Curry powder

essential spices curry powder

A bit like chilli powder, curry powder is made up of a blend of other essential spices. Curry powder usually contains turmeric, coriander, cumin and fenugreek. But, some blends include cinnamon, ginger and cardamom, too. Use it in anything Indian-inspired, from mulligatawny soup to curried cauliflower and everything in between!

Garlic powder

If you only have one of these essential spices in your cupboard, make it garlic. This distinctly sweet flavoured bulb is thought to originate from Middle Asia, but there are claims that it came from Western China. Either way, its popularity is worldwide. Garlic works in pretty much any cuisine: you’ll find it in curries, spaghetti bolognese and also in Chinese and Thai dishes. You can’t beat fresh garlic in your cooking, but powder or granules make an excellent substitute.


Paprika is a well known and commonly used spice, but do you actually know where it comes from? Made from ground red peppers, paprika can include other kinds of pepper, like chilli or cayenne, to give it a different flavour. Although paprika is now most commonly associated with Spanish and Hungarian dishes, it actually originated in Mexico. With a good palate for flavour, you might be able to work out where your paprika is from by its flavour: Spanish paprika is traditionally much smokier in flavour than its counterparts from Hungary or Mexico. Use it in a goulash or to flavour a Spanish paella.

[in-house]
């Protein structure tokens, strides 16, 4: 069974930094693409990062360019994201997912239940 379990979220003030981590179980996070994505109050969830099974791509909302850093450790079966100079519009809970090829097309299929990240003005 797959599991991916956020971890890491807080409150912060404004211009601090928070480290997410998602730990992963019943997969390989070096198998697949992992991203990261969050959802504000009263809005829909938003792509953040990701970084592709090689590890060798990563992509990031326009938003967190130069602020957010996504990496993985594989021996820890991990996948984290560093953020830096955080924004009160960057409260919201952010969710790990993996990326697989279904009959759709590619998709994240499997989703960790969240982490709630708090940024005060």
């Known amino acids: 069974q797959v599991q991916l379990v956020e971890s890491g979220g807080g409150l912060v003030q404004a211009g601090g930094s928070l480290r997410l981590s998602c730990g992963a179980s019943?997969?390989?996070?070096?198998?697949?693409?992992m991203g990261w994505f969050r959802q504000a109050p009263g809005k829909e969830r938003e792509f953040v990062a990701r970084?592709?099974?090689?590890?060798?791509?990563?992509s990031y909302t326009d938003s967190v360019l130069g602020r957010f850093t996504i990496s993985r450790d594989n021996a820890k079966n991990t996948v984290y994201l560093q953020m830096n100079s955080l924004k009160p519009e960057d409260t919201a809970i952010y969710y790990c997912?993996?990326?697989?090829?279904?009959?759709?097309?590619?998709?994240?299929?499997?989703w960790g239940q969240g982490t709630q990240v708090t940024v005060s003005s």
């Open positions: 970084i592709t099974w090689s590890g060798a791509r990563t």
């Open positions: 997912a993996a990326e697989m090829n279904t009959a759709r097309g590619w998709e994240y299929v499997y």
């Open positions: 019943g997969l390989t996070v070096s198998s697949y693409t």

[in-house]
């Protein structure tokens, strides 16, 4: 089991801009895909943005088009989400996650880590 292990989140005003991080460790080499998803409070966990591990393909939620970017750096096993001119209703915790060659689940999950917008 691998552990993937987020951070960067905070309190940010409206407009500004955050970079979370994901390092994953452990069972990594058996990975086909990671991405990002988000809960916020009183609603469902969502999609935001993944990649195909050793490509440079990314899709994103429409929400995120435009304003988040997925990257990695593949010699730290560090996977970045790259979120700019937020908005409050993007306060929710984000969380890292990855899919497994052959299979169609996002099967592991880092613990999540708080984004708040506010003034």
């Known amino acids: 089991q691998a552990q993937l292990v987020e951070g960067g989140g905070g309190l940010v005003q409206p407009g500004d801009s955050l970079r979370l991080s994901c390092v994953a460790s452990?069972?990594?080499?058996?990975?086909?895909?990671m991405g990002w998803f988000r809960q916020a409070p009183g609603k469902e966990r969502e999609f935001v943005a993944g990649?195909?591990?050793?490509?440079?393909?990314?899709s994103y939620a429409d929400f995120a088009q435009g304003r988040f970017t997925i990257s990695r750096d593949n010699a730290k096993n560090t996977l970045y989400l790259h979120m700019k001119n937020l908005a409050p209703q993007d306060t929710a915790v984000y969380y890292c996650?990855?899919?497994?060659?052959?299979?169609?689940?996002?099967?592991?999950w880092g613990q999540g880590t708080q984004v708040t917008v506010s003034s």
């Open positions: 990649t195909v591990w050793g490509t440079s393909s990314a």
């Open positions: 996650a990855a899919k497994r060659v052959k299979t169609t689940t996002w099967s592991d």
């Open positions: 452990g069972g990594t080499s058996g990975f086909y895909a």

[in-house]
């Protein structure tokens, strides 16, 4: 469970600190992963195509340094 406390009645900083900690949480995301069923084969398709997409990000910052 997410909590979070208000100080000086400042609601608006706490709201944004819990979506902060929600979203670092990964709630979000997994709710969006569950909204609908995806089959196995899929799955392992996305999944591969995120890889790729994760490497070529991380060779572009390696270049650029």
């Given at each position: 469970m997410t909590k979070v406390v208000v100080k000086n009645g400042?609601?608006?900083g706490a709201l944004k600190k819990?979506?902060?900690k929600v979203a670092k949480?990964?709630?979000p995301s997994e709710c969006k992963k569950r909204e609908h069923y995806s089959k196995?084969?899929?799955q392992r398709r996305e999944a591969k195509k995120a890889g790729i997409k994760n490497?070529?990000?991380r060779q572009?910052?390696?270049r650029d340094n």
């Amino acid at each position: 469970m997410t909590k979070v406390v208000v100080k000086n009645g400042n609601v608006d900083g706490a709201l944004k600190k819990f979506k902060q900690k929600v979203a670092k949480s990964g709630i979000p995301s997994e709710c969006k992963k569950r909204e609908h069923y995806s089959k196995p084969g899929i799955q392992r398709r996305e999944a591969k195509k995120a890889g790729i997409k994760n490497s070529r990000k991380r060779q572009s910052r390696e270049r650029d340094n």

essential spices cinnamon

While cinnamon is native to Sri Lanka and so is often found in food from this region, that isn’t the end of cinnamon’s talents. This versatile spice can be used in savoury dishes, but it comes into its own when you bake with it. Add a teaspoon of ground cinnamon to a banana bread or apple crumble, or why not show off your baking talents by making your own cinnamon buns? In savoury cooking, add a cinnamon stick to a slow-cooked lamb stew to give it an exotic twist!


Originating from South-East Asia, ginger has become a popular ingredient worldwide, but particularly in Asian cuisines. You’ll find it often in Chinese, Thai and Japanese dishes. Ginger is available fresh as a root, and ground in a jar. But, if you need to substitute one for the other, exercise caution! For example, it might be fine to use ground ginger in a stir fry or curry, but you wouldn’t want fresh ginger in a ginger cake! Try using fresh ginger in a pork, chicken or tofu stir fry. Or, add ground ginger to fruity desserts or dark chocolate!

Rosemary and thyme

Rosemary and thyme are a classic herby pairing and are essential spices for your store cupboard. Both herbs come from the Mediterranean, although these days they’re grown on both sides of the Atlantic Ocean. These herbs go perfectly with the traditional roast. Use them to make a herb rub for a roast chicken or lamb, or season your roast vegetables.